A Retrospective Look at Covid-19 Testing Performance

Presented by:
Mayla Ward, Leah Albaugh, & Martin Ringman (Western Washington University)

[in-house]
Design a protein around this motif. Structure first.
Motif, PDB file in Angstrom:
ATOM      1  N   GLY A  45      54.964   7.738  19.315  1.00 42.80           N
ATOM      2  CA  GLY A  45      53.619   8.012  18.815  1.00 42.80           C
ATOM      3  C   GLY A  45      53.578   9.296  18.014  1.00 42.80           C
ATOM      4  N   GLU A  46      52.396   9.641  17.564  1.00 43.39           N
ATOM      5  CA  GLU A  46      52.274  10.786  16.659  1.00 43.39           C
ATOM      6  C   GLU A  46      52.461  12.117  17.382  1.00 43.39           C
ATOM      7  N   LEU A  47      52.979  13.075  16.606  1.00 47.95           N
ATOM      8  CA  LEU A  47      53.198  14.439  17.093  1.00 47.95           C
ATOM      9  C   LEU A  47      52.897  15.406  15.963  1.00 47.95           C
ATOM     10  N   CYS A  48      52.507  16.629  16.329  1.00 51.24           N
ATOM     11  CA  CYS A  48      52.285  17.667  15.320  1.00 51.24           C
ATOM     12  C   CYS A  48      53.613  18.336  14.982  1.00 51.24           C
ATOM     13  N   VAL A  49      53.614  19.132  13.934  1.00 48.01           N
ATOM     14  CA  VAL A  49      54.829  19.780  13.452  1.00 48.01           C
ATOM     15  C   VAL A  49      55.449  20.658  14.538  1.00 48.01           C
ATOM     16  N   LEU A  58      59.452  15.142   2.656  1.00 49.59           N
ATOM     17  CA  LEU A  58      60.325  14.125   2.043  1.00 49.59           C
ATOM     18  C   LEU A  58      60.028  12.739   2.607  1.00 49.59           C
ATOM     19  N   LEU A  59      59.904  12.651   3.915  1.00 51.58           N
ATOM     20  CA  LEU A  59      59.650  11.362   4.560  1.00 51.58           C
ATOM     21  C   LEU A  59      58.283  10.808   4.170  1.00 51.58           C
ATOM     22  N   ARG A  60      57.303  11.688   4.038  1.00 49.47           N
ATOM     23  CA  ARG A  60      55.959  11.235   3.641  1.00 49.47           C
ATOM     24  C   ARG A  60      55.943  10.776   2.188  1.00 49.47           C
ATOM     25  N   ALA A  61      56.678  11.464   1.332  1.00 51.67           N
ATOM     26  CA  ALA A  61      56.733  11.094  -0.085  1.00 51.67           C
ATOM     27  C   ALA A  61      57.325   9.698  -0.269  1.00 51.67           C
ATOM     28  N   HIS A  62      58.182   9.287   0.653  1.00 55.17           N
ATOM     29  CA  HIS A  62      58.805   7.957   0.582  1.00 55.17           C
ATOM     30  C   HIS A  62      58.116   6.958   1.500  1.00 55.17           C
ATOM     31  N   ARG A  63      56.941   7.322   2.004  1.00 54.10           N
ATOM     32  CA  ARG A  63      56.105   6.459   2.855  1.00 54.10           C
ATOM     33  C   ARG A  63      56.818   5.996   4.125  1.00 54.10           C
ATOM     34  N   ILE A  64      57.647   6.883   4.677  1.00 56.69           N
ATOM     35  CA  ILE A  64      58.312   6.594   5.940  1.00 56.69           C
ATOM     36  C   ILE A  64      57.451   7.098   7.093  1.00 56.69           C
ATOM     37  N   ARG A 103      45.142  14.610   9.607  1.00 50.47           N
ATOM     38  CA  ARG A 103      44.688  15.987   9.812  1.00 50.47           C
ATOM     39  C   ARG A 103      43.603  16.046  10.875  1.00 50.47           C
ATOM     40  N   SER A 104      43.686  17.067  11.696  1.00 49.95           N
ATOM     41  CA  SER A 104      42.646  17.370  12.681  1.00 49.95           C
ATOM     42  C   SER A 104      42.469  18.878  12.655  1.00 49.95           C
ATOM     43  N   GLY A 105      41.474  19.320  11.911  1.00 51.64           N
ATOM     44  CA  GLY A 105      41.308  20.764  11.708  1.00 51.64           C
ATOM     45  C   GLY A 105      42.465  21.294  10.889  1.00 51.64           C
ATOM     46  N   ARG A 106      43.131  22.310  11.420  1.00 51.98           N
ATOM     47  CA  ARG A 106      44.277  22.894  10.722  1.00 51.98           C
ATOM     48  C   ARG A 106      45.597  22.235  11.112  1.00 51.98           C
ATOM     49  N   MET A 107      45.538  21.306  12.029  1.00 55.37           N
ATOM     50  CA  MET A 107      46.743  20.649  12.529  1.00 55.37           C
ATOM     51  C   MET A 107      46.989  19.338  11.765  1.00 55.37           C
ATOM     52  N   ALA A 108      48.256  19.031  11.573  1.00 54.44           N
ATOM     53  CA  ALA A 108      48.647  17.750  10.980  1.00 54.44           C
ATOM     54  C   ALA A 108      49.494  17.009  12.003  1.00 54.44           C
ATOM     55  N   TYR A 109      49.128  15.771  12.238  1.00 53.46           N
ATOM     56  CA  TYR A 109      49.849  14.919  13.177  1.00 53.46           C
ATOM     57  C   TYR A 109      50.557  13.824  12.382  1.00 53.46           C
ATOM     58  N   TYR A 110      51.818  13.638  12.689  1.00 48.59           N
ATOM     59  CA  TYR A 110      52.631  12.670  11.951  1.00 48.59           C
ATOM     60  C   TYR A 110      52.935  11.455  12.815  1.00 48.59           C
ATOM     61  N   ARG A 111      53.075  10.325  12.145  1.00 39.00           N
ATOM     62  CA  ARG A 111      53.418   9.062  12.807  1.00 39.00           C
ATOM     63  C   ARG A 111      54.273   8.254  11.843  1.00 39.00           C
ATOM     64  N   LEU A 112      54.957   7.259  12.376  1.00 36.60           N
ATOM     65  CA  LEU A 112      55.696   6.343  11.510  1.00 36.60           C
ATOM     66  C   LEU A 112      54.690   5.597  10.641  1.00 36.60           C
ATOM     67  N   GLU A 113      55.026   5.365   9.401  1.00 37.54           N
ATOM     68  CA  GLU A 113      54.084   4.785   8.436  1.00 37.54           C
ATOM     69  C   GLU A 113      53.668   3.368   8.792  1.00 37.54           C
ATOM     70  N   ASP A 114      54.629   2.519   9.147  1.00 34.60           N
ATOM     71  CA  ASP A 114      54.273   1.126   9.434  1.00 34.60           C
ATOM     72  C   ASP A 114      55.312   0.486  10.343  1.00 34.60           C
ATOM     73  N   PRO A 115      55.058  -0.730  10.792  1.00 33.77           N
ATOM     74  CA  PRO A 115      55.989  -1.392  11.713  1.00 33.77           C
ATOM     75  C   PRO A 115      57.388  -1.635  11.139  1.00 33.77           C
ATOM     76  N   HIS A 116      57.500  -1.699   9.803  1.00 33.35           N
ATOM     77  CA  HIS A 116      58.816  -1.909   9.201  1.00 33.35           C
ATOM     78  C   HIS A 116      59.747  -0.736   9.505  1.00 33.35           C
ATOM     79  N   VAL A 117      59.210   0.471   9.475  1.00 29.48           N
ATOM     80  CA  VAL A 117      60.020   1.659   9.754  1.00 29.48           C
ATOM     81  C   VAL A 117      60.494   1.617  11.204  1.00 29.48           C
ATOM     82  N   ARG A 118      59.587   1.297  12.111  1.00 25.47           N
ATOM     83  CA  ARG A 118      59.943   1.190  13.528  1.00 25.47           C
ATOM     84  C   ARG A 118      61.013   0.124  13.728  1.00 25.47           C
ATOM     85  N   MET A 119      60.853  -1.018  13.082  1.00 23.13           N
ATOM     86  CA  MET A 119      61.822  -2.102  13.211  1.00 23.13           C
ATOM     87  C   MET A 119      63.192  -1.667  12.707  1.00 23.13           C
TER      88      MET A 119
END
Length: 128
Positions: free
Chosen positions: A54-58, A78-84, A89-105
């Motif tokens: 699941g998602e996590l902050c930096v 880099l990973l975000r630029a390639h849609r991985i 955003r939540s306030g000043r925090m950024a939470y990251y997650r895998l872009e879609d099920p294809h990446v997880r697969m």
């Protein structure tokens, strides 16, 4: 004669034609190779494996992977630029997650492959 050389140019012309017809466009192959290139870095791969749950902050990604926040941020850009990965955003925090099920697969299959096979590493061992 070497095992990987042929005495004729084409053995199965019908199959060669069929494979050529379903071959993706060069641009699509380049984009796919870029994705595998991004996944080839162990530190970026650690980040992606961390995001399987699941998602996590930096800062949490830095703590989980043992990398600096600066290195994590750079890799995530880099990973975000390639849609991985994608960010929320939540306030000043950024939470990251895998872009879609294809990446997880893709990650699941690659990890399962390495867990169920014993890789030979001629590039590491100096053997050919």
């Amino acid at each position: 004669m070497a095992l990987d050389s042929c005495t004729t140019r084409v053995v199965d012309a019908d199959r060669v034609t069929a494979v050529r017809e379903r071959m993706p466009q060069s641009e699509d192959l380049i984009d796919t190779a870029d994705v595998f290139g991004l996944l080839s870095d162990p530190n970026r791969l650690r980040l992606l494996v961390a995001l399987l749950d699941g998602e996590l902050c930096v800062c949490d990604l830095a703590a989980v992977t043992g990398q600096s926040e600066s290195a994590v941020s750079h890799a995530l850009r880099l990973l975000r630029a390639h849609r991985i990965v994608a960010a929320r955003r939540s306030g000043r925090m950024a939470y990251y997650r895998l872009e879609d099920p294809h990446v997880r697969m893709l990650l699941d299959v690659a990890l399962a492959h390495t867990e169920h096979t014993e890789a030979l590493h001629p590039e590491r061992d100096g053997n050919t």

In this research paper, we analyze how the sensitivity (the likelihood that those with the disease test positive), specificity (the likelihood that those without the disease test negative), and disease prevalence affect the Covid-19 testing performance. We use a set of different sensitivity and specificity values with a range of prevalence values to evaluate test performance in terms of positive predictive value (PPV, the likelihood that those who test positive have the disease) and negative predictive value (NPV, the likelihood that those who test negative do not have the disease). Our analysis indicates that the disease prevalence has a significant impact on the sensitivity and specificity values necessary to achieve high PPV and NPV. Furthermore, we find that a prevalence of less than 0.01 (1%) would require an unrealistically high specificity value to achieve a strong PPV.